Serpins in Angiogenesis

  • Czeslaw S. Cierniewski
  • Joanna BoncelaEmail author


Serpins (serine proteinase inhibitors) are the largest superfamily of protease inhibitors. The serpins are structurally similar but functionally diverse proteins that fold into a conserved structure and employ a unique suicide substrate-like inhibitory mechanism. Most of them act as classical protease inhibitors, but there are also serpins that inhibit other types of proteinases, e.g., caspases, or have different, noninhibitory functions, e.g., hormone transport. Serpins are involved in regulation of numerous biological pathways that initiate inflammation, coagulation, fibrinolysis, complement activation responses, apoptosis, extracellular matrix composition, and angiogenesis. The following serpins have been identified as potential regulators of angiogenesis: plasminogen activator inhibitor type 1 (PAI-1), kallistatin, protein C inhibitor, angiotensinogen, maspin, antithrombin, nexin-1, and pigment epithelial-derived factor. They exert mainly antiangiogenic activity, by inhibition of proteolytic processes in which serine proteases and matrix metalloproteinases (MMPs) are key players. Among them, PAI-1 appears to be the most controversial serpin in angiogenesis; it may act both as a pro- and antiangiogenic factor, depending upon the type of cells and existing conditions. Taken together, serpins remarkably contribute to vessels formation process; they are able to affect more than one of the angiogenic steps and their activity extend beyond the inhibition of target proteinases.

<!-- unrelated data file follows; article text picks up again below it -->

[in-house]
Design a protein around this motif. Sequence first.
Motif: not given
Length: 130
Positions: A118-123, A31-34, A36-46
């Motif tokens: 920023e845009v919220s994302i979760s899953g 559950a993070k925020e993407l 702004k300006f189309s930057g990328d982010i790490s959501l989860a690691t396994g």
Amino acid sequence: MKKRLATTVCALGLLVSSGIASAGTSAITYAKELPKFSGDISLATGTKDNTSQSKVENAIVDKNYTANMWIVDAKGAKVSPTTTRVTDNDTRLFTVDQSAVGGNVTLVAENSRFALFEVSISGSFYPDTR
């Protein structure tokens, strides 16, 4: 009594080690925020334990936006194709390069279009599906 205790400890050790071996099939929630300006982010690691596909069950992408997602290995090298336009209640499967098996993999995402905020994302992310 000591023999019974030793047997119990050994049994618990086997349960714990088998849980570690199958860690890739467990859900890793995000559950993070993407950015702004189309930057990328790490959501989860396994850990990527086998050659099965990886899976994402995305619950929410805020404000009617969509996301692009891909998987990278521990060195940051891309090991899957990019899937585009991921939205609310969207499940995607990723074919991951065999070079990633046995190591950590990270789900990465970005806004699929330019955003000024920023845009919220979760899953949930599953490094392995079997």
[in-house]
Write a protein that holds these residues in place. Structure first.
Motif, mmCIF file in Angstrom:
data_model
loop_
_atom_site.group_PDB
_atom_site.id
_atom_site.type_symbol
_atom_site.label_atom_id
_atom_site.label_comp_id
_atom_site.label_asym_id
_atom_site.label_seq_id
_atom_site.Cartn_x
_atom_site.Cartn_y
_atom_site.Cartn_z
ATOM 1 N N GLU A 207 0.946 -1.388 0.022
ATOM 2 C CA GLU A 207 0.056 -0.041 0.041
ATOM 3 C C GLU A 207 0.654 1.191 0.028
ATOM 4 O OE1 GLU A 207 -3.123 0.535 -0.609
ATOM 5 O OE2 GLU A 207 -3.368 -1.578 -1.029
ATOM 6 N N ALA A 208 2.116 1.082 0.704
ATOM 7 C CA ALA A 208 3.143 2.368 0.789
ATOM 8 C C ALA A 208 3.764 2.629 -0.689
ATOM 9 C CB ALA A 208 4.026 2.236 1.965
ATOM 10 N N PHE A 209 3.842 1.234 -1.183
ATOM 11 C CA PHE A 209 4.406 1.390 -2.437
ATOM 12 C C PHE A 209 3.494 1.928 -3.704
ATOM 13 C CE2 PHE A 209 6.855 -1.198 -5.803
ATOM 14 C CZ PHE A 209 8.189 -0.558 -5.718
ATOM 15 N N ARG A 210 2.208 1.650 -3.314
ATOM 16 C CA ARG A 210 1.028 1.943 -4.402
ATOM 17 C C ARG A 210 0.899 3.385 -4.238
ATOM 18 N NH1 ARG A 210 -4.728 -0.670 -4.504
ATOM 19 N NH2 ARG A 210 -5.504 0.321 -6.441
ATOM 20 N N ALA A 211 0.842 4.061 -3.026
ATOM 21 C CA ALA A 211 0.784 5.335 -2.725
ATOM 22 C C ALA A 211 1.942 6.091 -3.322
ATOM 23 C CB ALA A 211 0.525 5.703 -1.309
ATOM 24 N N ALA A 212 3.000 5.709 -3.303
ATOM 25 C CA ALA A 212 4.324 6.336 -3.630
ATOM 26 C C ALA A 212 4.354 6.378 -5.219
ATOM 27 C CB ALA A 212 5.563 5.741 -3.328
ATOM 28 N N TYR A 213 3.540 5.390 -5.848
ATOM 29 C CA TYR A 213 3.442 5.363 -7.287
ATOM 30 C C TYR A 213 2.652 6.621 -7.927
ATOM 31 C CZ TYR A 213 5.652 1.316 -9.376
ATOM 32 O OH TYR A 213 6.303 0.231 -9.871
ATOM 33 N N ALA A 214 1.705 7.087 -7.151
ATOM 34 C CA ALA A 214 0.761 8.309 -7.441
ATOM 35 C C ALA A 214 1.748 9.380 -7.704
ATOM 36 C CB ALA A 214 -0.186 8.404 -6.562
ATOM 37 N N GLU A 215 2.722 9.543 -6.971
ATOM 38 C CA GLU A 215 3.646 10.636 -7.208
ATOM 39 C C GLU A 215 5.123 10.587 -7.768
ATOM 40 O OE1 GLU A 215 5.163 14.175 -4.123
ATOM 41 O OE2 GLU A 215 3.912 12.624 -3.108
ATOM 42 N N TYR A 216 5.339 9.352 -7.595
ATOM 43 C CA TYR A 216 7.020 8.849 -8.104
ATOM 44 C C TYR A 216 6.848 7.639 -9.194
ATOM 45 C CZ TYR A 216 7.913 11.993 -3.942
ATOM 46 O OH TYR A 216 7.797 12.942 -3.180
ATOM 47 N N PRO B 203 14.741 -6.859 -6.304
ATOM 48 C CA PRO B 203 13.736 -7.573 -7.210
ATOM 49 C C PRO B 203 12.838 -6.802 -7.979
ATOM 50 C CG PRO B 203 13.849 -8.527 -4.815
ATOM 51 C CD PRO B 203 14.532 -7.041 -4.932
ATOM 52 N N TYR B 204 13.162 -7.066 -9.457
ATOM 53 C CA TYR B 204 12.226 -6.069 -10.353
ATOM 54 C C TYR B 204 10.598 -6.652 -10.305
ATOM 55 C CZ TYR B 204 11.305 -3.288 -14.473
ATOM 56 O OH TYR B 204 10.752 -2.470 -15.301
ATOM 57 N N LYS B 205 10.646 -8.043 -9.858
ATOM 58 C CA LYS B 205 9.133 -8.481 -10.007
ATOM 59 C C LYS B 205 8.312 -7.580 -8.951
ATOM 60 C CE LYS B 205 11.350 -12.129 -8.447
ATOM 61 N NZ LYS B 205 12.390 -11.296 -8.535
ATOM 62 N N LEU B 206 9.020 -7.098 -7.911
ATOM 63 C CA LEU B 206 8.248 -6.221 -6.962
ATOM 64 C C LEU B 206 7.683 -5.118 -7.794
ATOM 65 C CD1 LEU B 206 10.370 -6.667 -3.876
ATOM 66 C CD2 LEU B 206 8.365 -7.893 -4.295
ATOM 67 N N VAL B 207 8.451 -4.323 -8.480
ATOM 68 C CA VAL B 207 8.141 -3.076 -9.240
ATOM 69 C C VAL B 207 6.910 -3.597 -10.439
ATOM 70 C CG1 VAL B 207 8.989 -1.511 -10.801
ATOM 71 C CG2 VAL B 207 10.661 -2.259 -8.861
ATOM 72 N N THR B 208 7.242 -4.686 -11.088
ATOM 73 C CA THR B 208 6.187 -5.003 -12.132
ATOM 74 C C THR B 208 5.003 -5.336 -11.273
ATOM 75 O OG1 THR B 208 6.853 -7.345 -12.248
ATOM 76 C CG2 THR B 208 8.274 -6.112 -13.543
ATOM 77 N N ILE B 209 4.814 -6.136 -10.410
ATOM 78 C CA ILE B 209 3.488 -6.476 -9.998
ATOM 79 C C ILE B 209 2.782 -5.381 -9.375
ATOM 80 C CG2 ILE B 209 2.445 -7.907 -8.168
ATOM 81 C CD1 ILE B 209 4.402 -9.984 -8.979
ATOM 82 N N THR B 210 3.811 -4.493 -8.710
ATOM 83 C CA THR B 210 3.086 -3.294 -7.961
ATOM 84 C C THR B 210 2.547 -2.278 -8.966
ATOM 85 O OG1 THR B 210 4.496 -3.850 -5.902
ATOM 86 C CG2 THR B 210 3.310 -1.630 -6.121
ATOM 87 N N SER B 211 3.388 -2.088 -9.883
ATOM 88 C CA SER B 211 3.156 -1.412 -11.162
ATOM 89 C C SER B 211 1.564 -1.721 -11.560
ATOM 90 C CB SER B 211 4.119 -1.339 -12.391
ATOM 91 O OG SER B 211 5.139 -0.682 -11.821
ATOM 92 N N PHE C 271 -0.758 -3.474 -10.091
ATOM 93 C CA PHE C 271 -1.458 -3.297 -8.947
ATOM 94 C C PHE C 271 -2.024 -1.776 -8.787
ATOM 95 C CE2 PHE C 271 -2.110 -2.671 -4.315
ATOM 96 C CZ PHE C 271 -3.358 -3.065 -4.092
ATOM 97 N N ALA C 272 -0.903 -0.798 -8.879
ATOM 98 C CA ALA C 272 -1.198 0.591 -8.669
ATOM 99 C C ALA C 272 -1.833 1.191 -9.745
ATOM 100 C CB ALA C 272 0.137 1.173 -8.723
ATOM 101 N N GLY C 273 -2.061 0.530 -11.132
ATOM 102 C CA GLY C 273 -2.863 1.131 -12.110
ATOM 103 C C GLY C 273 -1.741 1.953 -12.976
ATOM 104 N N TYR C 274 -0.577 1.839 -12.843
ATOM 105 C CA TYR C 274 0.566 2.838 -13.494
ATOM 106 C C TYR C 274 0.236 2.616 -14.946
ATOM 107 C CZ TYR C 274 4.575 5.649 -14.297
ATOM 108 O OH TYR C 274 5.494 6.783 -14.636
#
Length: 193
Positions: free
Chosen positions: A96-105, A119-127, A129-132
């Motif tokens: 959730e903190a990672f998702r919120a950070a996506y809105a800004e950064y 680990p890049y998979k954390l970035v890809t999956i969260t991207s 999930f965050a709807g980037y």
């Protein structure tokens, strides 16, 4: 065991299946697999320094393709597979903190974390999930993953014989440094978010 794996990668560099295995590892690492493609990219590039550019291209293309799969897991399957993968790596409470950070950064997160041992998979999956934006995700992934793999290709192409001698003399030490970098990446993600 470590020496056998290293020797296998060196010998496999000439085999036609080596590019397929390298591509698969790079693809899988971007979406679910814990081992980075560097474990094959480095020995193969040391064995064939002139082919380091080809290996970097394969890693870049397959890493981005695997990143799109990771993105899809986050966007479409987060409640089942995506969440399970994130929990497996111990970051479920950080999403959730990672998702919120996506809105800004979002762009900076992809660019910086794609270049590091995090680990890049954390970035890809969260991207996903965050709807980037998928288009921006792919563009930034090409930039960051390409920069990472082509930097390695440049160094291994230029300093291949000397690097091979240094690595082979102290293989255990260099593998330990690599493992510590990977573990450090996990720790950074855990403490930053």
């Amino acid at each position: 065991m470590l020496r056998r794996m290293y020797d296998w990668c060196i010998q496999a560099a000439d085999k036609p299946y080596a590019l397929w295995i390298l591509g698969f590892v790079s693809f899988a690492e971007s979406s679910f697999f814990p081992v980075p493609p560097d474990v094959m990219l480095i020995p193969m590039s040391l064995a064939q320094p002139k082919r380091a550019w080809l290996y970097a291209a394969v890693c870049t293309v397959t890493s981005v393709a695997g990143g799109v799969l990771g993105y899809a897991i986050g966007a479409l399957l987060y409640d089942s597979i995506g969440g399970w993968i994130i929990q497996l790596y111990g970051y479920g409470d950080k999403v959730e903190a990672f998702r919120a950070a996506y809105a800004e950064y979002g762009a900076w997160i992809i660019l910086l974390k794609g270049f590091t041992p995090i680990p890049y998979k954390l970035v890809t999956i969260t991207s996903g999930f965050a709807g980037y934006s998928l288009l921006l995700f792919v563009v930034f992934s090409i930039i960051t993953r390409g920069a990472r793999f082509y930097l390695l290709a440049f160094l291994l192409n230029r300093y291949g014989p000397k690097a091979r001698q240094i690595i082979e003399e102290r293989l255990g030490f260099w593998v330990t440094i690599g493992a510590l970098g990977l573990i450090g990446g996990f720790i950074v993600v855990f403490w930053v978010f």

Serine protease inhibitors Plasminogen activator inhibitor type 1 Extracellular matrix Endothelial cells migration Plasmin-dependent proteolysis 



This work was supported by Projects DEC-2011/01/B/NZ3/00194 (J.B.) and DEC-2011/02/A/NZ3/00068 (C.S.C.).


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Copyright information

© Springer-Verlag Wien 2013

Authors and Affiliations

  1. 1.Institute of Medical Biology, Polish Academy of SciencesŁódźPoland
  2. 2.Department of Molecular and Medical BiophysicsMedical University of ŁódźŁódźPoland

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